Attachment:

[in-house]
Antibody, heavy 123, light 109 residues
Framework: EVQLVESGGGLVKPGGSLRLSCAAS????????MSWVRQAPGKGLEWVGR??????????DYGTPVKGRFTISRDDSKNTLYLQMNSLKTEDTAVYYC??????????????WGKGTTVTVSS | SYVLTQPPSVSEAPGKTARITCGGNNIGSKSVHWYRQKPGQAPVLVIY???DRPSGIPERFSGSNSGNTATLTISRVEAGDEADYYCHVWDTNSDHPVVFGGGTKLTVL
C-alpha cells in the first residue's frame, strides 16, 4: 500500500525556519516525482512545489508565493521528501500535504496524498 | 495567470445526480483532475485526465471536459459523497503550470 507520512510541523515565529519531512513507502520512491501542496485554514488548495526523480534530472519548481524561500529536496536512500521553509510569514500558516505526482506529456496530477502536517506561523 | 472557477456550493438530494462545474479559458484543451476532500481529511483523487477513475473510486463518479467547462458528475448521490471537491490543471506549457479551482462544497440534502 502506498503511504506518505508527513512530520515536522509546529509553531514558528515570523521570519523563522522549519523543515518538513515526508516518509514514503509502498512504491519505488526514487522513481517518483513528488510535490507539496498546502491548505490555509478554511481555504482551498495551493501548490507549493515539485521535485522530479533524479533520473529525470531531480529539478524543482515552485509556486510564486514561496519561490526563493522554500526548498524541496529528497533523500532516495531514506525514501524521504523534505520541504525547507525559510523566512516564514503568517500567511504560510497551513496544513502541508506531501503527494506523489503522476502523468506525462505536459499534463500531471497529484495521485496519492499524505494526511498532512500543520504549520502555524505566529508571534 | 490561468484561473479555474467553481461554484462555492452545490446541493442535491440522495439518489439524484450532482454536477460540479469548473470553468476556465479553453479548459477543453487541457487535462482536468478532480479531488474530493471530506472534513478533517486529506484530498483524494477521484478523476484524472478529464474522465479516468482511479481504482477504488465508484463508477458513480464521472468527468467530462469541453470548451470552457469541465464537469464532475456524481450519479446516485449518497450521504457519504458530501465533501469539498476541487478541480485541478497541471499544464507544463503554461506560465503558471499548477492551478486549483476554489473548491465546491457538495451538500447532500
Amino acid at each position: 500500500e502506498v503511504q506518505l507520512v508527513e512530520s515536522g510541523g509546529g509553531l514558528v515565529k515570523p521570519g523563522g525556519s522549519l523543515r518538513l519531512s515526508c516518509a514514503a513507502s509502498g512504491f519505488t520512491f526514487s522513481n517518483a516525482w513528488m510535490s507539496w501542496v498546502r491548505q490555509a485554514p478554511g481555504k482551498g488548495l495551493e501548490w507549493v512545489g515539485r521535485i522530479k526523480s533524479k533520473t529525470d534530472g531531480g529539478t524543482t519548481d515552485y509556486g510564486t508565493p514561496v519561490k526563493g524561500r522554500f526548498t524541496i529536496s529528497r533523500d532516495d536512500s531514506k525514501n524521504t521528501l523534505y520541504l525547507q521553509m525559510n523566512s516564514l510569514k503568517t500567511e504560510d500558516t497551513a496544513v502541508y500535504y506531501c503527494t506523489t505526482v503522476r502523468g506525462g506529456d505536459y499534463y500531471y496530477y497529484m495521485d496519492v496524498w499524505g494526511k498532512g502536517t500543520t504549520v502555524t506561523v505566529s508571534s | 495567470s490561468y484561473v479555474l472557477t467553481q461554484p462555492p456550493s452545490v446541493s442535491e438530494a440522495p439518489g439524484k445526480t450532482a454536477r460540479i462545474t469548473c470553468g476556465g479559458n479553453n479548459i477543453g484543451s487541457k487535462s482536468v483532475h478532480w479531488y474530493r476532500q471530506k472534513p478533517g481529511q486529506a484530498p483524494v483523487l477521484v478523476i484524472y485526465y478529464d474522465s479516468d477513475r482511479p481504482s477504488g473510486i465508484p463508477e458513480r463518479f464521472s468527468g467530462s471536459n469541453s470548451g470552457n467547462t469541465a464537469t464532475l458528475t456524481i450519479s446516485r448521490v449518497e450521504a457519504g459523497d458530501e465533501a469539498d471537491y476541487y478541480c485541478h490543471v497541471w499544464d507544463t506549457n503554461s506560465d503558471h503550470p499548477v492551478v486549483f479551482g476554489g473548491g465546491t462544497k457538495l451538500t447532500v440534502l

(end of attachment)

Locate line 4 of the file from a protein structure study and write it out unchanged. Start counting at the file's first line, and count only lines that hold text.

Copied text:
C-alpha cells in the first residue's frame, strides 16, 4: 500500500525556519516525482512545489508565493521528501500535504496524498 | 495567470445526480483532475485526465471536459459523497503550470 507520512510541523515565529519531512513507502520512491501542496485554514488548495526523480534530472519548481524561500529536496536512500521553509510569514500558516505526482506529456496530477502536517506561523 | 472557477456550493438530494462545474479559458484543451476532500481529511483523487477513475473510486463518479467547462458528475448521490471537491490543471506549457479551482462544497440534502 502506498503511504506518505508527513512530520515536522509546529509553531514558528515570523521570519523563522522549519523543515518538513515526508516518509514514503509502498512504491519505488526514487522513481517518483513528488510535490507539496498546502491548505490555509478554511481555504482551498495551493501548490507549493515539485521535485522530479533524479533520473529525470531531480529539478524543482515552485509556486510564486514561496519561490526563493522554500526548498524541496529528497533523500532516495531514506525514501524521504523534505520541504525547507525559510523566512516564514503568517500567511504560510497551513496544513502541508506531501503527494506523489503522476502523468506525462505536459499534463500531471497529484495521485496519492499524505494526511498532512500543520504549520502555524505566529508571534 | 490561468484561473479555474467553481461554484462555492452545490446541493442535491440522495439518489439524484450532482454536477460540479469548473470553468476556465479553453479548459477543453487541457487535462482536468478532480479531488474530493471530506472534513478533517486529506484530498483524494477521484478523476484524472478529464474522465479516468482511479481504482477504488465508484463508477458513480464521472468527468467530462469541453470548451470552457469541465464537469464532475456524481450519479446516485449518497450521504457519504458530501465533501469539498476541487478541480485541478497541471499544464507544463503554461506560465503558471499548477492551478486549483476554489473548491465546491457538495451538500447532500